Divorce Mediation FAQ

How to create a divorce agreement with the help of a mediator -- without going to court.

Questions

Why Is Mediation Better than Going to a Lawyer—Or Is It?

Mediation is a process where couples meet with a neutral third party (mediator) with the goal of creating a divorce agreement that pleases both parties. Mediation is almost certainly going to cost less money and take less time than each spouse hiring an attorney to facilitate the agreement. The purpose of mediation is for both spouses to feel like they have an opinion in the final divorce agreement, which often doesn’t happen when attorneys and judges are involved.

Although mediation has many benefits, there are some situations where this type of alternative dispute resolution will not work. If you and your spouse lack communication, one spouse is unwilling to mediate, or, if there is a history of domestic violence, mediation may not be appropriate for your case. Attorneys may cost a little more than trying to settle your divorce on your own, but in most situations, lawyers can advocate for your best interest while also creating an agreement that works for both spouses.

Even in cases where you and your spouse agree that mediation is the best path to follow, you may want to consider hiring attorneys in a limited capacity to consult with you outside mediation. Many mediating spouses find it helpful to consult with an experienced attorney throughout the process to ensure the final agreement is fair and in your best interest.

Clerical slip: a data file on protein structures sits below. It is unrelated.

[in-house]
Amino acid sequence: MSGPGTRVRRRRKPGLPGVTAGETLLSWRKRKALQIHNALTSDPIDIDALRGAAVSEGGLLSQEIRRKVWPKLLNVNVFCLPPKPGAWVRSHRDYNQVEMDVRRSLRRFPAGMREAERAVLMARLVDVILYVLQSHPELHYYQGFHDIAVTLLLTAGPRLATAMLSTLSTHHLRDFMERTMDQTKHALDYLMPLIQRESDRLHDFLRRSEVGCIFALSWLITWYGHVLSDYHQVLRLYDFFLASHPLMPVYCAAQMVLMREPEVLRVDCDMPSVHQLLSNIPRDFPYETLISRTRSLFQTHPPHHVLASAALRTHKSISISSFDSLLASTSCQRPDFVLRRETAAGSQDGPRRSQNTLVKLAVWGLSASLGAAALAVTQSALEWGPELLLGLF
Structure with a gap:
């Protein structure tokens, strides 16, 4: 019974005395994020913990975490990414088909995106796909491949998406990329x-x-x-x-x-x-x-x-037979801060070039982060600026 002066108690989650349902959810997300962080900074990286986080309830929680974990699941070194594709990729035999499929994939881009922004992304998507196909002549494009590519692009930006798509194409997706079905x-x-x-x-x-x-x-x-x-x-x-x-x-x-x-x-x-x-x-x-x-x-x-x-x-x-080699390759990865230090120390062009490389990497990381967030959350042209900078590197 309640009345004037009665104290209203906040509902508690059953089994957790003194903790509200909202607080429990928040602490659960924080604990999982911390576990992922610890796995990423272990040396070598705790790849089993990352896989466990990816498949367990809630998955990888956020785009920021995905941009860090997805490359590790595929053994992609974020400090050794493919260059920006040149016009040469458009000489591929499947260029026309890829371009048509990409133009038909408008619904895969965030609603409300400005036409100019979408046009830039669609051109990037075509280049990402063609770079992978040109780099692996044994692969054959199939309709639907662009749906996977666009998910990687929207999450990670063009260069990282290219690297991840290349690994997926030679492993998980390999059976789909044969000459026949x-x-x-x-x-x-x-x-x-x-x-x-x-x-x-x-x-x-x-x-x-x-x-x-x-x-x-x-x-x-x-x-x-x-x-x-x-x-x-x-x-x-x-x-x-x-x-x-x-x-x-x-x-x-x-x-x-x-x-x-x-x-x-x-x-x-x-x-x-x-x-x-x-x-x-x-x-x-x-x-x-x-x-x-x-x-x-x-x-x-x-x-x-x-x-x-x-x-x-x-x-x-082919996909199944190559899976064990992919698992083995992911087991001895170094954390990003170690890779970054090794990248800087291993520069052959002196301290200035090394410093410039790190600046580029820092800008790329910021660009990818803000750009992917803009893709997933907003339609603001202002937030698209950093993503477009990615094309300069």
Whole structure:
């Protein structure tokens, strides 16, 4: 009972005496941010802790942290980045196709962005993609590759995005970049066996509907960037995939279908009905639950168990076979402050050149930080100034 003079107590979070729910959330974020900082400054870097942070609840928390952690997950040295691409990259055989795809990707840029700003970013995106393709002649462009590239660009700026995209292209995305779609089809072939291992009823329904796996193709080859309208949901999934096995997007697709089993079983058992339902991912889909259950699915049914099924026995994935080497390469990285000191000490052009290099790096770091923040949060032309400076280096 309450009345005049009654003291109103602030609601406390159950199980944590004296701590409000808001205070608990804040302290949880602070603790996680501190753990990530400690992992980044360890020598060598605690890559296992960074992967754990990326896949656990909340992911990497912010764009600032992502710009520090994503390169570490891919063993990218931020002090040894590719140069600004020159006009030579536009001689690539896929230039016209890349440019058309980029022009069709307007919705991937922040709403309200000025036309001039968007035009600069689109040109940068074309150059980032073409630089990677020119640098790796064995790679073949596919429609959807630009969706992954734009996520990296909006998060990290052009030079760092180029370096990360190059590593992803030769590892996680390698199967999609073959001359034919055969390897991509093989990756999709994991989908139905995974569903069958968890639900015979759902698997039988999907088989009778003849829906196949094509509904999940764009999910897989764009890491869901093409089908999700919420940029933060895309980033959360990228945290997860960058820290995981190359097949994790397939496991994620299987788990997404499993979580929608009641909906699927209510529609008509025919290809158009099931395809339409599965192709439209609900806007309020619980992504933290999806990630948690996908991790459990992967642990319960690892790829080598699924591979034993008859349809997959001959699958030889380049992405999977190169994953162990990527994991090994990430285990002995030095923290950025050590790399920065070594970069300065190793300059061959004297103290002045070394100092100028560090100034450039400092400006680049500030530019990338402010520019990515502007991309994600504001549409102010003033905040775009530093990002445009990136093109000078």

For more information on whether divorce mediation is right for you, see Will Divorce Mediation Work for You?

What Is the Difference Between Court-Ordered Mediation and Private Mediation?

Court-ordered mediation is a mandatory mediation session ordered by a judge or court in a divorce proceeding. If a judge orders mediation in your case and you don’t attend, you may face penalties, like contempt of court. The court will assign a date for your court-ordered mediation, meaning you don’t have control over the schedule. Typically, court-sponsored mediation is reserved for couples dealing with child custody or parenting time disputes (but may also help couples resolve pending property or financial issues.) At the end of court-ordered mediation, the court-selected mediator will provide a written report to the judge to explain the progress of the case.

Private mediation requires both spouses to agree to participate, and both must agree on the mediator who will facilitate the sessions. Costs vary depending on the private mediator that the couple selects. Some mediators require an hourly fee and others charge per-session. Couples who participate in private mediation will have the opportunity to discuss child custody, visitation, support, and property division issues and anything presented in the session will remain confidential and can’t be used by either spouse in court if you can’t reach an agreement.

How Do Mediating Spouses Protect Their Legal Rights?

One of the best ways to protect your legal rights is to hire an attorney to attend the mediation session with you. If you can’t afford to hire a consulting attorney for the entire mediation process, you might consider meeting with a family lawyer before you sign the mediation agreement. The lawyer will help you understand the details of your agreement and will also inform you if the final contract is in your best interest.